Narrating further, Elder Odo said that “I had fallen victim to this tradition. My elder brother got married to a lady from Umuogbo-Uno community but unfortunately, the woman died before he performed the Igbankwu ceremony.
“When we went to inform the in-laws of the sad event, they told us that the woman cannot be buried until the husband remarry her. It was my elder brother’s first daughter that stood as her wife during the Igbankwu ceremony.”
Asked why the in-laws do not enforce the tradition on the husband when their daughters are still alive, Elder Odo told WITHIN NIGERIA that “you know when suitors come seeking their hands in marriage in our community and of course every other community, they tend to be in a hurry to take their wives to their houses.
“Despite informing them about the tradition and culture of the community and the implications of not keeping to them, they usually flout them. Those who are not yet financially ready for Igbankwu are usually asked to be bringing certain quantity of palm wine every year after one year without performing Igbankwu.”
According to him, though this does not replace the Igbankwu ceremony, it goes a long way in assuaging the anger of Umunna towards the husband for not performing the Igbankwu.
“But unfortunately, many husbands do not do what their in-laws ask them to do and for that, they end up running helter-skelter when their wives die in that condition.”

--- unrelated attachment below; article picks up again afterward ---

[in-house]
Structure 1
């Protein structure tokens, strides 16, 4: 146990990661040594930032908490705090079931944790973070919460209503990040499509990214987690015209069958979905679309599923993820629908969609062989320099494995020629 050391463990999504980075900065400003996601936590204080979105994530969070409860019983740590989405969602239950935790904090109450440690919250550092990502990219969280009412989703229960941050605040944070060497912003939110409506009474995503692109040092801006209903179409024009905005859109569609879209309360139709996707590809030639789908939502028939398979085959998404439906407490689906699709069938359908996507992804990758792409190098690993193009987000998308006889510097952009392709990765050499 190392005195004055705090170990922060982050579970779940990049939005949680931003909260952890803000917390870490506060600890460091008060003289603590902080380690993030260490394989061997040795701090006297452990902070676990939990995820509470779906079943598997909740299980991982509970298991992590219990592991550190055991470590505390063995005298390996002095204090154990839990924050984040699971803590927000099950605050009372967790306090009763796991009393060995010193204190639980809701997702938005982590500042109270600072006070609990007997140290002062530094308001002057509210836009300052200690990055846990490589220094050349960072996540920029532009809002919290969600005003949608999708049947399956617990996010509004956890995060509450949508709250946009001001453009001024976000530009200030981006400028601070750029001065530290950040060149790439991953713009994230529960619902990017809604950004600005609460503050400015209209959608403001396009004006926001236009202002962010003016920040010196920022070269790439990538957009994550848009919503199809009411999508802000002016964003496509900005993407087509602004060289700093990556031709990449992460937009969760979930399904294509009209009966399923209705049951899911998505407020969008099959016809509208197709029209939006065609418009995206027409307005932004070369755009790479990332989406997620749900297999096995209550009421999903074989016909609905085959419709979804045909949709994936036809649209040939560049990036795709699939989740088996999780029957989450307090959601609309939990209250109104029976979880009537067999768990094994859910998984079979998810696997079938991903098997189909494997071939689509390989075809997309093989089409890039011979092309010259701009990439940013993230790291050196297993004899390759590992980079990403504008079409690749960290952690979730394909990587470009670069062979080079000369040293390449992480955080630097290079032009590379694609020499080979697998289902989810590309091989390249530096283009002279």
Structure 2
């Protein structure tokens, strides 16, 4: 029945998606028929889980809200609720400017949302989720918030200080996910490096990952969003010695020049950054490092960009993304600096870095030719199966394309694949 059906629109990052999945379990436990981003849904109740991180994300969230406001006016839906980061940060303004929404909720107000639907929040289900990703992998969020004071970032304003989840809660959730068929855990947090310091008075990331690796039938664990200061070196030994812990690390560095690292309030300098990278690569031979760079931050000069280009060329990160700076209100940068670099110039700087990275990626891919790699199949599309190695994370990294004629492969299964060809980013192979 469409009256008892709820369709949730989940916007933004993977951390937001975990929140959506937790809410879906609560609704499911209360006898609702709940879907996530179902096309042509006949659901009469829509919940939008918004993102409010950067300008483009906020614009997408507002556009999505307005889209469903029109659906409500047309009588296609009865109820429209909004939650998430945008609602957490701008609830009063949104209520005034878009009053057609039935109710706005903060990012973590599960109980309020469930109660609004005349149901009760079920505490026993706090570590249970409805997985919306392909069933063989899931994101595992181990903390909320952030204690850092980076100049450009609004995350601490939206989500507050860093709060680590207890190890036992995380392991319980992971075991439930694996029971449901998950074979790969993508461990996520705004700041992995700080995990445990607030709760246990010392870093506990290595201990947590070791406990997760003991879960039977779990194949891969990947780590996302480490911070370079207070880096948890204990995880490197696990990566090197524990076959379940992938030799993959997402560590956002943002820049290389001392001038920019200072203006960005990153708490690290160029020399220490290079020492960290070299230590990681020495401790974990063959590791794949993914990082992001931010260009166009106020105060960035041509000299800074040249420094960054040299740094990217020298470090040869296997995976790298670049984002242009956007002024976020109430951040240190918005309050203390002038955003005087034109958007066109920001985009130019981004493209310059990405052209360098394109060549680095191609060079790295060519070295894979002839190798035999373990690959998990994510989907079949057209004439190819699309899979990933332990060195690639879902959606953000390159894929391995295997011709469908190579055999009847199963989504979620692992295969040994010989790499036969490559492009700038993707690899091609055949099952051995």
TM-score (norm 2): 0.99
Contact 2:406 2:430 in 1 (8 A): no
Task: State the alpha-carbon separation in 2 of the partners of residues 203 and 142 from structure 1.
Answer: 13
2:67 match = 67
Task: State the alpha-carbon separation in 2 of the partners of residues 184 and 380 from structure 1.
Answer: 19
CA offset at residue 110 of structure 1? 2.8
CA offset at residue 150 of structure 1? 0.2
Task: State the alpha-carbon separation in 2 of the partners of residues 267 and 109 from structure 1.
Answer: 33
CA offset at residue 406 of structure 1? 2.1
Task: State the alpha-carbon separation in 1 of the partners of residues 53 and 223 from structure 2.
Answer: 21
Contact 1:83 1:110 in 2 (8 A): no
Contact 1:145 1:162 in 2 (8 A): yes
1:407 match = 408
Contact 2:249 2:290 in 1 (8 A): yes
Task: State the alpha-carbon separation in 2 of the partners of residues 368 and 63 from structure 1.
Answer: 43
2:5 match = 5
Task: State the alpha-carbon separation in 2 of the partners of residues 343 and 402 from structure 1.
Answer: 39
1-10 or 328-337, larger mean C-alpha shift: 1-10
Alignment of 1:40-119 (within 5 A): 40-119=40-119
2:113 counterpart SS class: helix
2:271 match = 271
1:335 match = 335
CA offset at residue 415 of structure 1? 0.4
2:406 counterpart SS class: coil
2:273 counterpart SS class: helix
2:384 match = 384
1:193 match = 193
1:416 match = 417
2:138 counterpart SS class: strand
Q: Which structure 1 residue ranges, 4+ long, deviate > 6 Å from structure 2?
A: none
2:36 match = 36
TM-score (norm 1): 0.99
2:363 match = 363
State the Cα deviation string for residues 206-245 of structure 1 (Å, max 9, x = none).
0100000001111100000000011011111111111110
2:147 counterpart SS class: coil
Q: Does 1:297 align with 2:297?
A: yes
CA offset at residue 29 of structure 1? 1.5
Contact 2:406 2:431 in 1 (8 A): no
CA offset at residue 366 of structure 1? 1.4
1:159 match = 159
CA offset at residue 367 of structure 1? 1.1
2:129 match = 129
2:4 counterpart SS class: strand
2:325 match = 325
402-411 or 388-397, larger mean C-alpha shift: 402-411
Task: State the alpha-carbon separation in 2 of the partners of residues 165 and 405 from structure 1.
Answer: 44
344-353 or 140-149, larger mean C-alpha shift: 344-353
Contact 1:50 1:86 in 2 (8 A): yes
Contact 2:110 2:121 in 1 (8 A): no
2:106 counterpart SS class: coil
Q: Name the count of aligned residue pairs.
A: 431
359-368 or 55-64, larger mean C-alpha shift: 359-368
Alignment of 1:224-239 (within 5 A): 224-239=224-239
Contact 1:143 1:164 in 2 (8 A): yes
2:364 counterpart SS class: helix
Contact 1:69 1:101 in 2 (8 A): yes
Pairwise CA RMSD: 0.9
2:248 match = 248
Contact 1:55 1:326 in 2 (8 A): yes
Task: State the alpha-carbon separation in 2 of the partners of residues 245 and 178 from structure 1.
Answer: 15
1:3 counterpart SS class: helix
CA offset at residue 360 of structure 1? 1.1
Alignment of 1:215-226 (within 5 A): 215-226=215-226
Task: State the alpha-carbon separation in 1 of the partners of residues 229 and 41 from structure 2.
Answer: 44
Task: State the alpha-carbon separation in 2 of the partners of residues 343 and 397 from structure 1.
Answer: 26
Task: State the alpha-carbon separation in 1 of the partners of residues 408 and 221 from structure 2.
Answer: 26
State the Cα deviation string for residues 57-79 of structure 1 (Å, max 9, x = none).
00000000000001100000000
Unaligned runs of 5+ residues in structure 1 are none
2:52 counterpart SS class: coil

However, when WITHIN NIGERIA visited the eldest man in Uda community, Onyishi Michael Ugwunayi in his house to speak on the matter, he was said to be not favourably disposed to talk to our reporter as one of his children said he was having some malaria.
In any case, a community dweller who gave his name as Chukwuka Eze told WITHIN NIGERIA that the import of the tradition is to make sure that the spirit of the deceased woman rest in peace.
According to him, “in this community, we have had cases of when a woman dies, her spirit starts wandering about, disturbing his relations, telling them that she is restless because her husband did not perform her Igbankwu ceremony before or after her death.”
Stressing further, Mr. Eze stated that “apart from making the husband prove to the kindred that he can take care of their daughter especially when she is alive, performing Igbankwu is also another way of making the woman feel happy whether she is alive or dead.”
Explaining further, he said that “though many communities outside Igbo-Eze North local government area may see this tradition as sort of wickedness on the husband especially when the wife is dead, we see it as normal thing. They call it another marriage of the deceased wife but take it that if you don’t do it when the wife is alive, you must do it when she is no more as long as she is or was your wife.
“The only exception here is if the couple has separated due to one situation or the other before the death of the wife, the husband does not have to perform the Igbankwu ceremony of the wife. But, as long as the couple live as husband and wife irrespective of whether or not their union produced any child or not, when the wife dies, she must be remarried by her husband.
“Again, even if the husband dies before the wife, any time she dies, either her children or the relations of the husband must perform the Igbankwu ceremony.”